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Race of Angels: Ireland and the Genesis of U2 Paperback – 31 Dec 1994
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Driven by a deep faith in their art, U2 are unique in rock history. Coming from the urban sprawl of 1970s Dublin, and finding their primary impulse in the emerging punk scene, they soon captivated audiences with their mesmerising performances. Rejecting the cynical pessimism of Western culture, U2's music was infused with a potent spirituality. Within a decade they achieved an unprecedented level of success for an Irish rock group, seizing the global imagination by the vital commitment of their music. Race of Angels probes beyond commercial hype into the well-springs of U2's creativity - fusing intensive conversations with the band with an eclectic exploration of Irish music, from its traditional past to the sounds of Horslips, The Pogues and The Cranberries. A dynamic blend of cultural analysis and musical commentary, Race of Angels is an unparalleled revelation of U2's vision and its impact on our world.
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I confess to a weakness for big ideas on Irish and musical and intellectual concepts. So, their combination here intrigued me. Waters, later known more for his socio-political journalism (and for his custody battle with Sinéad O'Connor over their son), brings his energy to the page. Looking back on this after 15 years, it may have worked better in the blog form not yet invented. It skips from a workmanlike term-paper feel citing Guy Debord and Jacques Attali, Daniel Corkery and Umberto Eco, Richard Kearney and Franz Fanon (source of the title, and if some or all of these names are obscure, it's indicative of the rarified audience for this work) to a chapter suddenly extolling the origins of "One Tree Hill." There's no chronological account of the band's formation or their discography; it starts rapturously recounting a Toronto Zoo TV concert that on the page left me nonplussed.
Waters may be at his best eking out connections between his own thinking and the band's own explanations of how they responded to the British punk movement as music meant "for," rather than "to" or "about" themselves. Waters labors to insist that the Irish punks out of which U2 formed their concepts, necessarily distanced from the rebellious stances more easily assumed by the masters in England rather than their colonized subjects in Ireland, could not have aped Johnny Rotten exactly. (It's a shame this came out the same year as John Lydon's "Rotten: No Blacks, No Dogs, No Irish" as Waters' case might have been severely altered if he'd been able to read Rotten; he also skimps over Shane MacGowan's bicultural upbringing.)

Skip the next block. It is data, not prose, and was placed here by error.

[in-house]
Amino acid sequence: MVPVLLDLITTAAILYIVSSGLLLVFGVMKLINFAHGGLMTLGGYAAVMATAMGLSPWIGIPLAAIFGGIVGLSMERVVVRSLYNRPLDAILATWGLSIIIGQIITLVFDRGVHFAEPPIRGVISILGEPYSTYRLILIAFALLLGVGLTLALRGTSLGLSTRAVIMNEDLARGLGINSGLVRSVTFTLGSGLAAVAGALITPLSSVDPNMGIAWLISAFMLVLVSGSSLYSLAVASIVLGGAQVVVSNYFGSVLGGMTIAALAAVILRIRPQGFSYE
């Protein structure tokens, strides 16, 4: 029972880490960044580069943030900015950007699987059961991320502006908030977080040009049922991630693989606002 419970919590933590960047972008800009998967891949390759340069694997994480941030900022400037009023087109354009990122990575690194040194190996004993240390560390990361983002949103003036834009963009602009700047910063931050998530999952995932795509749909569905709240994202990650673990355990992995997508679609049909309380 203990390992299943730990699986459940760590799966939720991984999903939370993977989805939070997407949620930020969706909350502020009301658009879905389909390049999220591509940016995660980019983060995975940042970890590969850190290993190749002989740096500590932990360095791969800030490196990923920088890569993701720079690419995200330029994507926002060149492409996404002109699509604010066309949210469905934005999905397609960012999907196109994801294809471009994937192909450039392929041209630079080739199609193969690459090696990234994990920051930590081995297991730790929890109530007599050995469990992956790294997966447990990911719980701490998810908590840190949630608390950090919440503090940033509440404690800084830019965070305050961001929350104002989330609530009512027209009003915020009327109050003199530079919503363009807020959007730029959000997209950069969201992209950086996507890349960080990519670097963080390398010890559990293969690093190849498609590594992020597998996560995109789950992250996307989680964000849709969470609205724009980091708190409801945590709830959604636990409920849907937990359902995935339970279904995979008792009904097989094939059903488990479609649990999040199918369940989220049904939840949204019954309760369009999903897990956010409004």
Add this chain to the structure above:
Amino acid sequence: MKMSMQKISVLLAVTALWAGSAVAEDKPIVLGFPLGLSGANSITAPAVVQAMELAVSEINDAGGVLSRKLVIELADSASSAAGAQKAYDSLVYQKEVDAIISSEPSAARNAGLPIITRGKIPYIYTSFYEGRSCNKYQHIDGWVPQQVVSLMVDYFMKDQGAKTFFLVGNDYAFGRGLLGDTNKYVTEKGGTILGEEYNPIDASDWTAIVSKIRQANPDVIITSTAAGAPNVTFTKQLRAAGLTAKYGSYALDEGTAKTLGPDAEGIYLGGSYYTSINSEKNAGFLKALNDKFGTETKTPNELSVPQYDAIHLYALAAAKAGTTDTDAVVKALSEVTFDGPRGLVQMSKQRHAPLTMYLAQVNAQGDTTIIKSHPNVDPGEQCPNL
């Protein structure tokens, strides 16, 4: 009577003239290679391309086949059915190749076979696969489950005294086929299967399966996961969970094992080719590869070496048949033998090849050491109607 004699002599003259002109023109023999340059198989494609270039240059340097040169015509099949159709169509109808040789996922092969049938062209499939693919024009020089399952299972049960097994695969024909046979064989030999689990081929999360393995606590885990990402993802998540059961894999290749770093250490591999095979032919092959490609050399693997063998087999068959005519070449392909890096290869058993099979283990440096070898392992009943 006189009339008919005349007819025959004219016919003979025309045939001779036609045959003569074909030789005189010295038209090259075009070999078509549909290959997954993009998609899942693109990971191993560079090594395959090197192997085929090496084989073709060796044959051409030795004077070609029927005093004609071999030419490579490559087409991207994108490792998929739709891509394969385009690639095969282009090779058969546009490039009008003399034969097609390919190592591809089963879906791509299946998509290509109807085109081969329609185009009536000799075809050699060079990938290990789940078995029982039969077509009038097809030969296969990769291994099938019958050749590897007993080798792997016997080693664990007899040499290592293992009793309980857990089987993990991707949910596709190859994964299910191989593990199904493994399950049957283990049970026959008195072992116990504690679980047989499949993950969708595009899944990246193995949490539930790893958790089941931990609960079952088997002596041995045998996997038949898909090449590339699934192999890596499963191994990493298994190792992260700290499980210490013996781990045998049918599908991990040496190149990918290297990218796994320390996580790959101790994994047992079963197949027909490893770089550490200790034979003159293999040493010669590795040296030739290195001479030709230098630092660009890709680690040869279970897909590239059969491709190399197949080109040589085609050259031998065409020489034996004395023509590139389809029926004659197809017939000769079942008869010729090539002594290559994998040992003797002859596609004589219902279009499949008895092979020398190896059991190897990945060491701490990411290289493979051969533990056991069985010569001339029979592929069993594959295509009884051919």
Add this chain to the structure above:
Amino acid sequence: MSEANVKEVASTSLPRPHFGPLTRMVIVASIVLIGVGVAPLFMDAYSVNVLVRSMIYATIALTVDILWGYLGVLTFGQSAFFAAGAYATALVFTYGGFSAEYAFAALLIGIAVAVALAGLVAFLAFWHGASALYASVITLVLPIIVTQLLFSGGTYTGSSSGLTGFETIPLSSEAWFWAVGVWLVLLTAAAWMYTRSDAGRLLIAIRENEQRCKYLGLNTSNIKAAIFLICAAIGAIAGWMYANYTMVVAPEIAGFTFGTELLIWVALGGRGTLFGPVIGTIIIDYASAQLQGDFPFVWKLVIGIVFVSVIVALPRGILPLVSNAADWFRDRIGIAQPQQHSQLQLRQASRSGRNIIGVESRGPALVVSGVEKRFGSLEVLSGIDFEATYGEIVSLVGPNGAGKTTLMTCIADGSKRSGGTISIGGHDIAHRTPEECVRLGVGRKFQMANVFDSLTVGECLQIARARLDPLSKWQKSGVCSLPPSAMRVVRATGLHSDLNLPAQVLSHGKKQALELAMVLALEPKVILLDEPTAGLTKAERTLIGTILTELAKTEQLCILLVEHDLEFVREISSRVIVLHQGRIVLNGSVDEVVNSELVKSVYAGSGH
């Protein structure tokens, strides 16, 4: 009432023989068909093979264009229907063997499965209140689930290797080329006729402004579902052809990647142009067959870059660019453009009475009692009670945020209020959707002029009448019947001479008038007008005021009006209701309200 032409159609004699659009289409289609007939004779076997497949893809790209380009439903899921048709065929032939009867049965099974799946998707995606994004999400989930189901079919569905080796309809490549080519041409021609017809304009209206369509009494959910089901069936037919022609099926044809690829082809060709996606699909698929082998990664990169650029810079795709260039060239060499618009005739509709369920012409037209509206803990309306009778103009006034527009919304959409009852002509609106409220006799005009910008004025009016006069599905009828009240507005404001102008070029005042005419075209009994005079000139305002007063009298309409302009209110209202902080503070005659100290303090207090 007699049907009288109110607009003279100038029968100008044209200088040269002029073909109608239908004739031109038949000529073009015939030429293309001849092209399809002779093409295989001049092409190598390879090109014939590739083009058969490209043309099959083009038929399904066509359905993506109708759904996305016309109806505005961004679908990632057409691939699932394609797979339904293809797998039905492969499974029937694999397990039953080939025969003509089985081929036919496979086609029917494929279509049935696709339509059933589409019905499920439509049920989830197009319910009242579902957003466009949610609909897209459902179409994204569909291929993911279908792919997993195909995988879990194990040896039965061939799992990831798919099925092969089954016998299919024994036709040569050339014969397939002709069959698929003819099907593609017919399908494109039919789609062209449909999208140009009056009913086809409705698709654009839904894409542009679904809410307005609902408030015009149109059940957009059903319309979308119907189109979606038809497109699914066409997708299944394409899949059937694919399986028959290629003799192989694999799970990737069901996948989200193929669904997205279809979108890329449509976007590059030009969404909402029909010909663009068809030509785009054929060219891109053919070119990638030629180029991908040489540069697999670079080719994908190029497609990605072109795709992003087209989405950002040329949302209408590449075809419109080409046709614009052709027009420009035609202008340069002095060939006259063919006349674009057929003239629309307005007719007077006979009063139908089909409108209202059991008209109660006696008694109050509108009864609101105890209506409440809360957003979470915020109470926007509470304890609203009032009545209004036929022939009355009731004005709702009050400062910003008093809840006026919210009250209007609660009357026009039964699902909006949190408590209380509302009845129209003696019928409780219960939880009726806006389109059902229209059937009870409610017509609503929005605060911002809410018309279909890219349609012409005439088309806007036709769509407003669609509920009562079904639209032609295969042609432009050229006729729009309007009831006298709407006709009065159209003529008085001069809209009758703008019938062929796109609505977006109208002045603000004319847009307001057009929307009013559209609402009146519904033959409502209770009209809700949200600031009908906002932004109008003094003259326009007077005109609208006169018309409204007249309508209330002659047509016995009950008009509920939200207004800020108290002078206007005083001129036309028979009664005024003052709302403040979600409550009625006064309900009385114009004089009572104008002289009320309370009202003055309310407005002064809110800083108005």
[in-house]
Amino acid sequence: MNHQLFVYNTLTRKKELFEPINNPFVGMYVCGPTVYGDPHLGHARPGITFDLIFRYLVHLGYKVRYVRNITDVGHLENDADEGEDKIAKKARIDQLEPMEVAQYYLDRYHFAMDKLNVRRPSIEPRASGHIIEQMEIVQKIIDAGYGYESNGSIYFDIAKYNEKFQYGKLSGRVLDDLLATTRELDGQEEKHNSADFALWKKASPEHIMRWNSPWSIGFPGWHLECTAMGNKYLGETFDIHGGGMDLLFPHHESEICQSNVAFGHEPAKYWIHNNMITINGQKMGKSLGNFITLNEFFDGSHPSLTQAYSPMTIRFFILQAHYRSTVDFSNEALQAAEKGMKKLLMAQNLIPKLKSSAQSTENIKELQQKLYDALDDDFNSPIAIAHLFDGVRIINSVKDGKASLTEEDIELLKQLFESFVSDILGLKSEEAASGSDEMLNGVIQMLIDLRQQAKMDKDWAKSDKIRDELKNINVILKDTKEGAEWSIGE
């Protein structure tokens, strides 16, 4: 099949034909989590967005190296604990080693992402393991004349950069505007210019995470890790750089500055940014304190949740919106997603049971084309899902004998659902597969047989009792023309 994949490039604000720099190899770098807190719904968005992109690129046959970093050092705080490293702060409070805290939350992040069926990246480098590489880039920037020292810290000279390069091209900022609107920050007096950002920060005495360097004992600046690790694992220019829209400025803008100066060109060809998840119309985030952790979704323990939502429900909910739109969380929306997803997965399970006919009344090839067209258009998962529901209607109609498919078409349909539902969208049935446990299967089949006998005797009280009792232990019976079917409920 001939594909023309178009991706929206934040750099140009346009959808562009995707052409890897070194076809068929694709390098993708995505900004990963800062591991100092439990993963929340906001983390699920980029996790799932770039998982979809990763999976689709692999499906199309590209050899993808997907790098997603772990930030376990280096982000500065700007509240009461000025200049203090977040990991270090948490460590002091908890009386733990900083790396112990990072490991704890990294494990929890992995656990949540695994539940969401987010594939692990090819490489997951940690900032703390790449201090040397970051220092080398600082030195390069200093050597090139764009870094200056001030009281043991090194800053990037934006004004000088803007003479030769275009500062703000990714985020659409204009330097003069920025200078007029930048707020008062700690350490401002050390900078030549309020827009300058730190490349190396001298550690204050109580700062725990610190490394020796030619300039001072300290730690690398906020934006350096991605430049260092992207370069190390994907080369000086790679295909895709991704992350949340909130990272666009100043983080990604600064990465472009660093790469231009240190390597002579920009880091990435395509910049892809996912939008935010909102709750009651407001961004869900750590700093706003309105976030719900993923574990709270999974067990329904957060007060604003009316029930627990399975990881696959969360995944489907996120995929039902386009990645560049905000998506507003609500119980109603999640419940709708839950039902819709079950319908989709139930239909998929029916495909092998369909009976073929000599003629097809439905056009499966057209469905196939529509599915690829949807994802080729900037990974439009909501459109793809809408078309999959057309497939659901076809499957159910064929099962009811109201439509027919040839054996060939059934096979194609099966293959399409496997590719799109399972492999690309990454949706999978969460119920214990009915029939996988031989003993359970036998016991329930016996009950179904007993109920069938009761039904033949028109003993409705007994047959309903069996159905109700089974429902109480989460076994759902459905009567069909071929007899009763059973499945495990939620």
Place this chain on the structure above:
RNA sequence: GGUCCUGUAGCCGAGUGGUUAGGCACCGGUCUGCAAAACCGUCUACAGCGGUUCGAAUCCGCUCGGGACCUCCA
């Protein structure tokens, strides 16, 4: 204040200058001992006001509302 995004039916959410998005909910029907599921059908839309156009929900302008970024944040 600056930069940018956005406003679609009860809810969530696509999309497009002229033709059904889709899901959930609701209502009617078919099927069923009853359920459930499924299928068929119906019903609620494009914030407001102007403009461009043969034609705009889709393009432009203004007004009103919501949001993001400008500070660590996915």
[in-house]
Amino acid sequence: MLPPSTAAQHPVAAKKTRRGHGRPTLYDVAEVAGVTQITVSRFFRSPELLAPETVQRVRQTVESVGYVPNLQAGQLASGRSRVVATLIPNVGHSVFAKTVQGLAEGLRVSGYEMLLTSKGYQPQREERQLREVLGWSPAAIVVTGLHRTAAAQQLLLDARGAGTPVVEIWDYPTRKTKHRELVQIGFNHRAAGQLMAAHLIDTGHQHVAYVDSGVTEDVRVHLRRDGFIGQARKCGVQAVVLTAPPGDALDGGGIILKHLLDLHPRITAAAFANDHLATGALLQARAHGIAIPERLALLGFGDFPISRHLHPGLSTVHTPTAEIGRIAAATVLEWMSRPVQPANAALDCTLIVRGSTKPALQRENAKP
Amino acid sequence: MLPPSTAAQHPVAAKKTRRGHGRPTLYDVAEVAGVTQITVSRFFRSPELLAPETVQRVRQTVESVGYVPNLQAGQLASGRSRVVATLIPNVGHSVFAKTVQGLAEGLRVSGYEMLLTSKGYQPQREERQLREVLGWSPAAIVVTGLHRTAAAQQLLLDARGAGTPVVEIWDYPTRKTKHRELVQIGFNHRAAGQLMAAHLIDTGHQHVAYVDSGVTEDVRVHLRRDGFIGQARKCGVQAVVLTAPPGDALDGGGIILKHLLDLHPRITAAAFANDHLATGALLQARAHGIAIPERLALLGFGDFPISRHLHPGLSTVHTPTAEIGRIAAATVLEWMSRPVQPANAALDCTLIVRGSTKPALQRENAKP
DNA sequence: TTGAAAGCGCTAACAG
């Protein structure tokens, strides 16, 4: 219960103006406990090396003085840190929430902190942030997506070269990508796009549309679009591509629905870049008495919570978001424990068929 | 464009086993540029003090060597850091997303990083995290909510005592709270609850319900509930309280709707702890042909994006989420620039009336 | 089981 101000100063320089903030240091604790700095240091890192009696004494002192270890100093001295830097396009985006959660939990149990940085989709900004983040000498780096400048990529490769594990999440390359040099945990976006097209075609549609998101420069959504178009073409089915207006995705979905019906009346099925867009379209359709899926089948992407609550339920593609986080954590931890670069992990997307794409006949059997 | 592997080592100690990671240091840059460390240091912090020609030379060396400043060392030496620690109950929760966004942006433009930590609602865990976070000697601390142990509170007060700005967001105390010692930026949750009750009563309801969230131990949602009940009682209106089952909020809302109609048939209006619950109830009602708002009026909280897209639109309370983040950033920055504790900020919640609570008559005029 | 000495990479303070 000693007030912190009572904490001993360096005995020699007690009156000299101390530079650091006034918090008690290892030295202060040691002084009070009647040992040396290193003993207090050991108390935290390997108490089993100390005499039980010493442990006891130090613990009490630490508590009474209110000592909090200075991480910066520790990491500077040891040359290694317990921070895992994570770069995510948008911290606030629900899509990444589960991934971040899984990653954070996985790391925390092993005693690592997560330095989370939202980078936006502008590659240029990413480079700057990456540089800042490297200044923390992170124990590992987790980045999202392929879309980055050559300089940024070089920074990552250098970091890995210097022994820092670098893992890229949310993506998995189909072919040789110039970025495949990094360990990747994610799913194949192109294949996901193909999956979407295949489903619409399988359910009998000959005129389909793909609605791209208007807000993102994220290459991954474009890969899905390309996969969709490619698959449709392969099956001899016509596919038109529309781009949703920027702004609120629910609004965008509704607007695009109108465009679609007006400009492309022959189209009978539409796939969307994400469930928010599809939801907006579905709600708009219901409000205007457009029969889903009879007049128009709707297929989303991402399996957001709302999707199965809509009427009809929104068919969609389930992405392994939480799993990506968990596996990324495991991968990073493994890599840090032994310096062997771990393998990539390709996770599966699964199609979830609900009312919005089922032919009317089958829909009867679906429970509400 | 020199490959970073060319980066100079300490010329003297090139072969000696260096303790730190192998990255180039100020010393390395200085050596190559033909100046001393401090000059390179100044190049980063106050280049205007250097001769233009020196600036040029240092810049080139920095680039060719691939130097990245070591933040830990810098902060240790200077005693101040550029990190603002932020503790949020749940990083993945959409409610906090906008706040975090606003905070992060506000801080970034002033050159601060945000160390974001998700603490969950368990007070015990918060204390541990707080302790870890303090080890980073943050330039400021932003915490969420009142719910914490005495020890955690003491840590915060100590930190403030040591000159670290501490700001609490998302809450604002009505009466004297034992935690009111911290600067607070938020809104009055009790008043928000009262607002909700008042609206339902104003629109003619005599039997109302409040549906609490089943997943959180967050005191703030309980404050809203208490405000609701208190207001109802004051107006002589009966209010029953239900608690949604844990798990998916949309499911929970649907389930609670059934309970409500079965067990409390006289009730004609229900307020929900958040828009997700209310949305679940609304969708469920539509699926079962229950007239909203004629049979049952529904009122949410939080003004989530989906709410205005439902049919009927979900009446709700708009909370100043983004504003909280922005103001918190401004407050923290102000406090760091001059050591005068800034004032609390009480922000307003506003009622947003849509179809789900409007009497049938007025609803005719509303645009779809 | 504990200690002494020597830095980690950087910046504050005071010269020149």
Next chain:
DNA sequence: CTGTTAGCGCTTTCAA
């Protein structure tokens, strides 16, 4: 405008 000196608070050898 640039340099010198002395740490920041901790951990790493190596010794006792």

He compares Fanon's three-stage trajectory out of colonial subjection to a provocative defense of the much-derided showbands of the 1950s-60s, and of the often also unfairly derided Horslips of the 1970s, as cultural predecessors for the breakthrough that U2 found itself able to make in late '70s-early '80s Ireland. Waters wonders if in Ireland, with its 70 million abroad claiming a share of the oul' sod's bloodlines, if its World Cup team's makeup might be more representative of the true lineage of today's nation. He finds in its "human incontinence," the way Ireland has dribbled away to other lands its best brains and deepest talent, however, a cautionary reminder of how it squanders its energy and heritage.
He cites Professor Mike Cooley, a technological philosopher, in the delusion of the West's assertion of "the One Best Reality" as our tower of Babel, and Waters suggests that Ireland may represent an alternative vision of meaning. He warns of diversion by emigration, attention, by the same media that Zoo TV celebrates and mocks and subverts. "The original form of colonisation simply told their victims that they were worthless, and would have to live with it. The modern form of colonisation tells us that we are only worthless if we remain where we are; it bombards us with images which devalue our own place, diminish our psychic gravity, and lure us away. We are all angels now, rootless, restless, horizonless, homeless." (277)
Waters wrote this a decade and a half before a more diverse Ireland emerged and U2 released "No Line on the Horizon." It'd be interesting to have him and the band reflect on what they've learned since then that supports or weakens Waters' arguments here. They may be difficult ones to parse and this book may lack its own center, but it does stretch towards intellectual horizons in innovative, if uneven and erratic ways. These may be Irish, for the spiral rather than the linear, the "both-and" rather than the binary "either-or," has been suggested often as a characteristic of the unpredictable, utopian, and philosophical Irish mind, here seen in its divergent directions on paper, as it tries to track a band's own sound.